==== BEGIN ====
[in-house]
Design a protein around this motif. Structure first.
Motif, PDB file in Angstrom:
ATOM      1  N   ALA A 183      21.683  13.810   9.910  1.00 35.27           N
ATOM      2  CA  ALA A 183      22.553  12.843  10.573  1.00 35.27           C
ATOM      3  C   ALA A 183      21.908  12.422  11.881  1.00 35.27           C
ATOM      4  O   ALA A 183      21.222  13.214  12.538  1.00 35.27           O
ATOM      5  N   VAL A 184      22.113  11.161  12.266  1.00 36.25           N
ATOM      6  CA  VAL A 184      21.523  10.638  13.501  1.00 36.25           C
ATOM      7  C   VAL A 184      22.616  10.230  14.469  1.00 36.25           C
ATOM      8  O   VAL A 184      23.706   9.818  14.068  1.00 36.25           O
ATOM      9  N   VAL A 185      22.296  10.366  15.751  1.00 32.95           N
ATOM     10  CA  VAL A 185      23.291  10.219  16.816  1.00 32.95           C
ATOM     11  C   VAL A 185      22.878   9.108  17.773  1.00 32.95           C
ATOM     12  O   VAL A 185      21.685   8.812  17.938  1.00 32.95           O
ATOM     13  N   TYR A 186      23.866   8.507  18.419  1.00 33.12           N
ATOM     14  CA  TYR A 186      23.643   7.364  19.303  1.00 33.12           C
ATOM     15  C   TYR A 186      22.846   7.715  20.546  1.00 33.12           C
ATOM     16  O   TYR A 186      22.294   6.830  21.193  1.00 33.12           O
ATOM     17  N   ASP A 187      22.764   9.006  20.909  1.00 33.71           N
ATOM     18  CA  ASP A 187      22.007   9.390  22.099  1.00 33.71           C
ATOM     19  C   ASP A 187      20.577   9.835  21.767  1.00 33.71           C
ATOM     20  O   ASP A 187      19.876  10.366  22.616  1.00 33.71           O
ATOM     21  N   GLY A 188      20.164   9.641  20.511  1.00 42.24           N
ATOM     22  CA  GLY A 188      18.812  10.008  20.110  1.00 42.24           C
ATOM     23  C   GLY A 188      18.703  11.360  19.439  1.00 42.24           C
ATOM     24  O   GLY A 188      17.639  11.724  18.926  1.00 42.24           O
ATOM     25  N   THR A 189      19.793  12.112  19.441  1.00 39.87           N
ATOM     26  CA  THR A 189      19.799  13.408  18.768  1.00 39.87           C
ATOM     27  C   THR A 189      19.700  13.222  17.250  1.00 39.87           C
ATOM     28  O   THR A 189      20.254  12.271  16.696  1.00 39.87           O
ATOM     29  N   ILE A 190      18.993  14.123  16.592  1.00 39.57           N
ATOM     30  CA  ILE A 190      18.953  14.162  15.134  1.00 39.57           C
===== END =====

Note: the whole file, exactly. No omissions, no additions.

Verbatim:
[in-house]
Design a protein around this motif. Structure first.
Motif, PDB file in Angstrom:
ATOM      1  N   ALA A 183      21.683  13.810   9.910  1.00 35.27           N
ATOM      2  CA  ALA A 183      22.553  12.843  10.573  1.00 35.27           C
ATOM      3  C   ALA A 183      21.908  12.422  11.881  1.00 35.27           C
ATOM      4  O   ALA A 183      21.222  13.214  12.538  1.00 35.27           O
ATOM      5  N   VAL A 184      22.113  11.161  12.266  1.00 36.25           N
ATOM      6  CA  VAL A 184      21.523  10.638  13.501  1.00 36.25           C
ATOM      7  C   VAL A 184      22.616  10.230  14.469  1.00 36.25           C
ATOM      8  O   VAL A 184      23.706   9.818  14.068  1.00 36.25           O
ATOM      9  N   VAL A 185      22.296  10.366  15.751  1.00 32.95           N
ATOM     10  CA  VAL A 185      23.291  10.219  16.816  1.00 32.95           C
ATOM     11  C   VAL A 185      22.878   9.108  17.773  1.00 32.95           C
ATOM     12  O   VAL A 185      21.685   8.812  17.938  1.00 32.95           O
ATOM     13  N   TYR A 186      23.866   8.507  18.419  1.00 33.12           N
ATOM     14  CA  TYR A 186      23.643   7.364  19.303  1.00 33.12           C
ATOM     15  C   TYR A 186      22.846   7.715  20.546  1.00 33.12           C
ATOM     16  O   TYR A 186      22.294   6.830  21.193  1.00 33.12           O
ATOM     17  N   ASP A 187      22.764   9.006  20.909  1.00 33.71           N
ATOM     18  CA  ASP A 187      22.007   9.390  22.099  1.00 33.71           C
ATOM     19  C   ASP A 187      20.577   9.835  21.767  1.00 33.71           C
ATOM     20  O   ASP A 187      19.876  10.366  22.616  1.00 33.71           O
ATOM     21  N   GLY A 188      20.164   9.641  20.511  1.00 42.24           N
ATOM     22  CA  GLY A 188      18.812  10.008  20.110  1.00 42.24           C
ATOM     23  C   GLY A 188      18.703  11.360  19.439  1.00 42.24           C
ATOM     24  O   GLY A 188      17.639  11.724  18.926  1.00 42.24           O
ATOM     25  N   THR A 189      19.793  12.112  19.441  1.00 39.87           N
ATOM     26  CA  THR A 189      19.799  13.408  18.768  1.00 39.87           C
ATOM     27  C   THR A 189      19.700  13.222  17.250  1.00 39.87           C
ATOM     28  O   THR A 189      20.254  12.271  16.696  1.00 39.87           O
ATOM     29  N   ILE A 190      18.993  14.123  16.592  1.00 39.57           N
ATOM     30  CA  ILE A 190      18.953  14.162  15.134  1.00 39.57           C